While sitting in ELEC 241 class, he falls asleep during a critical time when an AM receiver is being described. The received signal has the form r (t)= A(1 + m (t)) cos (2πfct + φ) where the phase φ is unknown. The message signal is m (t); it has a bandwidth of W Hz and a magnitude less than 1 (|m (t) | < 1). The phase φ is unknown. The instructor drew a diagram (Figure 4.30) for a receiver on the board; Sammy slept through the description of what the unknown systems where.

Figure 4.30 Sammy Falls Asleep...
  1. What are the signals xc(t) and xs (t)?
  2. What would you put in for the unknown systems that would guarantee that the final output contained the message regardless of the phase?   HINT: Think of a trigonometric identity that would prove useful.
  3. Sammy may have been asleep, but he can think of a far simpler receiver. What is it?

Problem 4.23: Jamming

Sid Richardson college decides to set up its own AM radio station KSRR. The resident electrical engineer decides that she can choose any carrier frequency and message bandwidth for the station. A rival college decides to jam its transmissions by transmitting a high-power signal that interferes with radios that try to receive KSRR. The jamming signal jam (t) is what is known as a sawtooth wave (depicted in Figure 4.31) having a period known to KSRR's engineer.

Figure 4.31 Jamming

Find the spectrum of the jamming signal.

Can KSRR entirely circumvent the attempt to jam it by carefully choosing its carrier frequency and transmission bandwidth? If so, find the station's carrier frequency and transmission bandwidth in terms of T , the period of the jamming signal; if not, show why not.

Problem 4.24: AM Stereo

A stereophonic signal consists of a "left" signal l (t) and a "right" signal r (t) that conveys sounds coming from an orchestra's left and right sides, respectively. To transmit these two signals simultaneously, the transmitter first forms the sum signal s+ (t)= l (t)+ r (t) and the difference signal s− (t)= l (t) − r (t). Then, the transmitter amplitude-modulates the difference signal with a sinusoid having frequency 2W , where W is the bandwidth of the left and right signals. The sum signal and the modulated difference signal are added, the sum amplitude-modulated to the radio station's carrier frequency fc, and transmitted. Assume the spectra of the left and right signals are as shown (Figure 4.32).

Figure 4.32 AM Stereo
  1. What is the expression for the transmitted signal? Sketch its spectrum.
  2. Show the block diagram of a stereo AM receiver that can yield the left and right signals as separate outputs.
  3. What signal would be produced by a conventional coherent AM receiver that expects to receive a standard AM signal conveying a message signal having bandwidth W ?

Problem 4.25: Novel AM Stereo Method

A clever engineer has submitted a patent for a new method for transmitting two signals simultaneously in the same transmission bandwidth as commercial AM radio. As shown (Figure 4.33), her approach is to modulate the positive portion of the carrier with one signal and the negative portion with a second.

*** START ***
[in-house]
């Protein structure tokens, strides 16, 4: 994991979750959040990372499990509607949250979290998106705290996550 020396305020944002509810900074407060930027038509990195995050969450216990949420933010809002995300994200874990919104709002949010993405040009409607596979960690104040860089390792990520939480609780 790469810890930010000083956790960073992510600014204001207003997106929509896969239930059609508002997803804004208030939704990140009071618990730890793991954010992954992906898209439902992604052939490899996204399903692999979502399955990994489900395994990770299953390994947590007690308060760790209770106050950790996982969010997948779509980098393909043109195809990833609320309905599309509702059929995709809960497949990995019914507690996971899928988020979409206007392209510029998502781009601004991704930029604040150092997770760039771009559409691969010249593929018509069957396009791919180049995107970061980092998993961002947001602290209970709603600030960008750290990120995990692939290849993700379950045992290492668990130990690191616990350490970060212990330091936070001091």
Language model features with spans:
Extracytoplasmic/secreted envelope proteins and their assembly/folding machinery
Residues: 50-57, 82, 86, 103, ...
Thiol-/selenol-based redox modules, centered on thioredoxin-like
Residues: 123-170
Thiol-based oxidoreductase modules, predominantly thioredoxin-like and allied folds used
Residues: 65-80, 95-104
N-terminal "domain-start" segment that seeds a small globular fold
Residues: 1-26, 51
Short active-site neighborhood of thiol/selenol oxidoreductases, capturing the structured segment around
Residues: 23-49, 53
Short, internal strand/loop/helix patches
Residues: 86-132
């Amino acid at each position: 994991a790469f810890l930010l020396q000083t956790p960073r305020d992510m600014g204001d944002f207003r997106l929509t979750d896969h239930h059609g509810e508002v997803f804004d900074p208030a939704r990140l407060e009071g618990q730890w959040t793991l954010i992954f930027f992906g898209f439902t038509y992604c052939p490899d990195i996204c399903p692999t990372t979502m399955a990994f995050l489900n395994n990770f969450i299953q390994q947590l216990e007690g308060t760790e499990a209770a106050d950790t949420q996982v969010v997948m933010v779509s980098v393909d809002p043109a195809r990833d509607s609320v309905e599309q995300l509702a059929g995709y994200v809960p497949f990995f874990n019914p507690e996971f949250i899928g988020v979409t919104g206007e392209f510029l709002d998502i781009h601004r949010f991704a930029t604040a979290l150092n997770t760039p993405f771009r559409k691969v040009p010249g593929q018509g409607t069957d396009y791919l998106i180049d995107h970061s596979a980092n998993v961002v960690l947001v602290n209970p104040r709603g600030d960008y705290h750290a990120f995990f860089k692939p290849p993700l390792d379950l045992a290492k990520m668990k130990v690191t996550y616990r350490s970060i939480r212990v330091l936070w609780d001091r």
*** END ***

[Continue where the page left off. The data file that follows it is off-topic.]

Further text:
Figure 4.33 Example Transmitter Waveform

In detail the two message signals m1 (t) and m2 (t) are bandlimited to W Hz and have maximal amplitudes equal to 1. The carrier has a frequency fc much greater than W . The transmitted signal x (t) is given by
In all cases, 0 <a< 1. The plot shows the transmitted signal when the messages are sinusoids: m1 (t)= sin (2πfmt) and m2 (t) = sin (2π2fmt) where 2fm <W . You, as the patent examiner, must determine whether the scheme meets its claims and is useful.

Problem 4.26: A Radical Radio Idea

An ELEC 241 student has the bright idea of using a square wave instead of a sinusoid as an AM carrier. The transmitted signal would have the form
where the message signal m (t) would be amplitude-limited: |m (t) | < 1

  1. Assuming the message signal is lowpass and has a bandwidth of W Hz, what values for the square wave's period T are feasible. In other words, do some combinations of W and T prevent reception?
  2. Assuming reception is possible, can standard radios receive this innovative AM transmission? If so, show how a coherent receiver could demodulate it; if not, show how the coherent receiver's output would be corrupted. Assume that the message bandwidth W =5 kHz.


Problem 4.27: Secret Communication

An amplitude-modulated secret message m (t) has the following form.
r(t)=A(1+m(t))cos(2\pi (f_c+f_0) t)
The message signal has a bandwidth of W Hz and a magnitude less than 1 (|m (t) | < 1). The idea is to offset the carrier frequency by f0 Hz from standard radio carrier frequencies. Thus, "of-the-shelf" coherent demodulators would assume the carrier frequency has fc Hz. Here, f0 <W .

  1. Sketch the spectrum of the demodulated signal produced by a coherent demodulator tuned to fc Hz.
  2. Will this demodulated signal be a "scrambled" version of the original? If so, how so; if not, why not?
  3. Can you develop a receiver that can demodulate the message without knowing the offset frequency fc?

Problem 4.28: Signal Scrambling

An excited inventor announces the discovery of a way of using analog technology to render music unlistenable without knowing the secret recovery method. The idea is to modulate the bandlimited message m (t) by a special periodic signal s (t) that is zero during half of its period, which renders the message unlistenable and superficially, at least, unrecoverable (Figure 4.34).

Figure 4.34 Signal Scrambling
  1. What is the Fourier series for the periodic signal?
  2. What are the restrictions on the period T so that the message signal can be recovered from m (t) s (t)?
  3. ELEC 241 students think they have "broken" the inventor's scheme and are going to announce it to the world. How would they recover the original message without having detailed knowledge of the modulating signal?